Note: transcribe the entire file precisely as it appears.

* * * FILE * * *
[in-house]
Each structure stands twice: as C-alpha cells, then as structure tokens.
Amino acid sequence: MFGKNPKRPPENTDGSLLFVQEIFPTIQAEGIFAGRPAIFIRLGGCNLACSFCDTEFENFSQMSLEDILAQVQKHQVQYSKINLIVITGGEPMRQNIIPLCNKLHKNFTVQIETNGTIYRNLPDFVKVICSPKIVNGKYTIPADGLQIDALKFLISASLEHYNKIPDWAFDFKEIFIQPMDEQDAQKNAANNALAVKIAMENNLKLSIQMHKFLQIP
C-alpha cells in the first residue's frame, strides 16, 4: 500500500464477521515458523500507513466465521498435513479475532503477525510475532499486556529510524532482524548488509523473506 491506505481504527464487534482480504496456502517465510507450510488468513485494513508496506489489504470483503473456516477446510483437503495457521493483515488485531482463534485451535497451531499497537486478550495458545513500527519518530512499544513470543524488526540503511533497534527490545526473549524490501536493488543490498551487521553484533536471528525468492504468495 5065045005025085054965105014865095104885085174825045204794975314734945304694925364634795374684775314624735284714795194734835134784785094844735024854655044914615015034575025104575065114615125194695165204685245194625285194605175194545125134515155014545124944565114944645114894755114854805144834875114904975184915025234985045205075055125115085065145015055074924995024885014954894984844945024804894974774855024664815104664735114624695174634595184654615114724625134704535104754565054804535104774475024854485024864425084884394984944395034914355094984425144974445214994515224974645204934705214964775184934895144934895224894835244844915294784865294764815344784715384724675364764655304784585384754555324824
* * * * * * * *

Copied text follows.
[in-house]
Each structure stands twice: as C-alpha cells, then as structure tokens.
Amino acid sequence: MFGKNPKRPPENTDGSLLFVQEIFPTIQAEGIFAGRPAIFIRLGGCNLACSFCDTEFENFSQMSLEDILAQVQKHQVQYSKINLIVITGGEPMRQNIIPLCNKLHKNFTVQIETNGTIYRNLPDFVKVICSPKIVNGKYTIPADGLQIDALKFLISASLEHYNKIPDWAFDFKEIFIQPMDEQDAQKNAANNALAVKIAMENNLKLSIQMHKFLQIP
C-alpha cells in the first residue's frame, strides 16, 4: 500500500464477521515458523500507513466465521498435513479475532503477525510475532499486556529510524532482524548488509523473506 491506505481504527464487534482480504496456502517465510507450510488468513485494513508496506489489504470483503473456516477446510483437503495457521493483515488485531482463534485451535497451531499497537486478550495458545513500527519518530512499544513470543524488526540503511533497534527490545526473549524490501536493488543490498551487521553484533536471528525468492504468495 5065045005025085054965105014865095104885085174825045204794975314734945304694925364634795374684775314624735284714795194734835134784785094844735024854655044914615015034575025104575065114615125194695165204685245194625285194605175194545125134515155014545124944565114944645114894755114854805144834875114904975184915025234985045205075055125115085065145015055074924995024885014954894984844945024804894974774855024664815104664735114624695174634595184654615114724625134704535104754565054804535104774475024854485024864425084884394984944395034914355094984425144974445214994515224974645204934705214964775184934895144934895224894835244844915294784865294764815344784715384724675364764655304784585384754555324824